Schmidt is eager to change the record in Cardiff
With his Ireland exit now only around eight months away, there aren't too many boxes left for Joe Schmidt to tick in this part of the world.
His final act, the World Cup in Japan, is certainly one after a disappointingly familiar quarter-final exit last time around but another mark that the great Kiwi is yet to hit is a Six Nations win in Cardiff.
It would be wrong to call the Principality Stadium Schmidt's bogey ground - he did after all win a Heineken Cup there with Leinster as well as a World Cup warm-up fixture in 2015 - but his Championship record in the Welsh capital reads played two, lost two ahead of his third and final attempt in Saturday's Six Nations conclusion (2.45pm kick-off).
Two years ago, a week before they derailed England's Grand Slam bid, Ireland endured a dispiriting Friday night in Cardiff while 2015 was the one that really stung, in the end representing their only defeat of that Championship.
That could all change this weekend. Thanks to Sunday's resounding return to form against France, an away win against a Wales side themselves seeking a Grand Slam would have Ireland as clubhouse leaders for an unlikely Championship triumph and put the onus on England to deny them the crown in their late kick-off against Scotland.
While it's hard to see Eddie Jones' men slipping up in that scenario, Schmidt admitted he'd like to complete his personal set of away victories.
"It would be nice to tick it off," he said. "But it's not so much the venue. I know that the home crowd get right behind the Welsh team there. I also know that we'll have lots of travelling support and that they'll be very vocal so we look forward to it.
"Last year we kind of had a performance that was very up and down against Wales."
Regardless of this weekend, Schmidt's legacy in this competition is undoubtedly already secured and the same can be said for his Welsh counterpart and Ireland predecessor Warren Gatland, who will also be leaving his post after the World Cup.
The Ireland boss, though, re-iterated that Saturday's game will be decided by the 46 players on show, not a pair of legendary coaches experiencing one final taste of this competition.
"You'd be amazed how little it has to do with what it means to me," he said. "It's in the players' hands, it's their domain.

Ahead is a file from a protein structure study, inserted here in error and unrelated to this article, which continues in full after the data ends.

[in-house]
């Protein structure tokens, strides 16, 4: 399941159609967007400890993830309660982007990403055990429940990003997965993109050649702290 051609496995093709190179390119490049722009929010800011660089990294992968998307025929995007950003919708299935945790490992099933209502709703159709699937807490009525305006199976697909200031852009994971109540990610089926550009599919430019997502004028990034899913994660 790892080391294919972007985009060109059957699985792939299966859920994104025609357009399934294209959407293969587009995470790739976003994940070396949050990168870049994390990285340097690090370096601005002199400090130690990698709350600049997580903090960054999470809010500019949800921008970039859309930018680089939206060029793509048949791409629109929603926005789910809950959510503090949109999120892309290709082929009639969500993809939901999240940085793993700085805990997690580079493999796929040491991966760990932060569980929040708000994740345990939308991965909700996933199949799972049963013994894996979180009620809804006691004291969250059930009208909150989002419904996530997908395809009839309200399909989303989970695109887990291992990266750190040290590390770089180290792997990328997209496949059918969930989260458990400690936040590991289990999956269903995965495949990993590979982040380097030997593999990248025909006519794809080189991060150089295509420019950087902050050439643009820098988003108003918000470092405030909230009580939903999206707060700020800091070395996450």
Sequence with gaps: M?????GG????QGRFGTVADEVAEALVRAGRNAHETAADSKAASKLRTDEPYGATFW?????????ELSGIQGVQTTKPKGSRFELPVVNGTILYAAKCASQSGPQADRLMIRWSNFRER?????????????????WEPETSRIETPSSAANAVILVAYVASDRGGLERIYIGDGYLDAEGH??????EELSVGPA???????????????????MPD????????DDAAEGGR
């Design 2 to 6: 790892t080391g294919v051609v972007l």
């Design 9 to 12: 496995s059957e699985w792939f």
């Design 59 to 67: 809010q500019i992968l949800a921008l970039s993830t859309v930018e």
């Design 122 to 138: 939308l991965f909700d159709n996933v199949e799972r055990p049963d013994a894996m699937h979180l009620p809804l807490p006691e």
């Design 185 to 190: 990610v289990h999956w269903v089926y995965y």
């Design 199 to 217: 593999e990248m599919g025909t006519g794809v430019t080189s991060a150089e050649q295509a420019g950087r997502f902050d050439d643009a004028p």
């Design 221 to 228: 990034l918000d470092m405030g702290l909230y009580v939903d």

"My job is just trying to ensure that they feel they were well prepared, that they feel that they understand how Wales are going to turn up and defend or attack and work with the other coaching staff to try to best manage the playing group between now and then because that's a tricky thing in itself in a slightly condensed week."
The six-day turnaround - which Ireland will next endure when taking on Scotland and then Japan in the World Cup - raises the possibility of changes beyond the replacing of the injured Josh van der Flier but it will be interesting to see how much Schmidt wants to rotate after the win over France contained what he felt was one of his side's most dominant halves of rugby.
Ireland led 19-0 at the turn with France spending only five seconds of the first 40 minutes in the opposition '22'.
"That was certainly the most dominant first 40, probably 50 minutes," he said.
"(But) I don't think 50 minutes will win in Cardiff. I think you've got to put 80 minutes together in Cardiff. We have to extend that high performance period right through the game."
How the Six Nations title can be won on Saturday
Wales, England and Ireland can all win the Six Nations title on Saturday, with Wales currently on 16 points, England 15 and Ireland 14. Here, we look at the title permutations.
- Wales will win the Six Nations title and clinch a first Grand Slam for seven years if they beat Ireland in Cardiff.
- If Wales and England finish tied on 20 points, which is quite possible, then Wales will still be crowned champions as Grand Slam winners are automatically awarded three bonus points under Six Nations rules.
- A draw between Wales and Ireland - and England losing to Scotland at Twickenham - would see Wales win the title without a Grand Slam.
- A draw between Wales and Ireland - and England beating Scotland - would see England crowned champions.
- If Ireland beat Wales and England defeat Scotland, then England will be champions.
- If Ireland beat Wales and England lose to Scotland, then Ireland will be champions.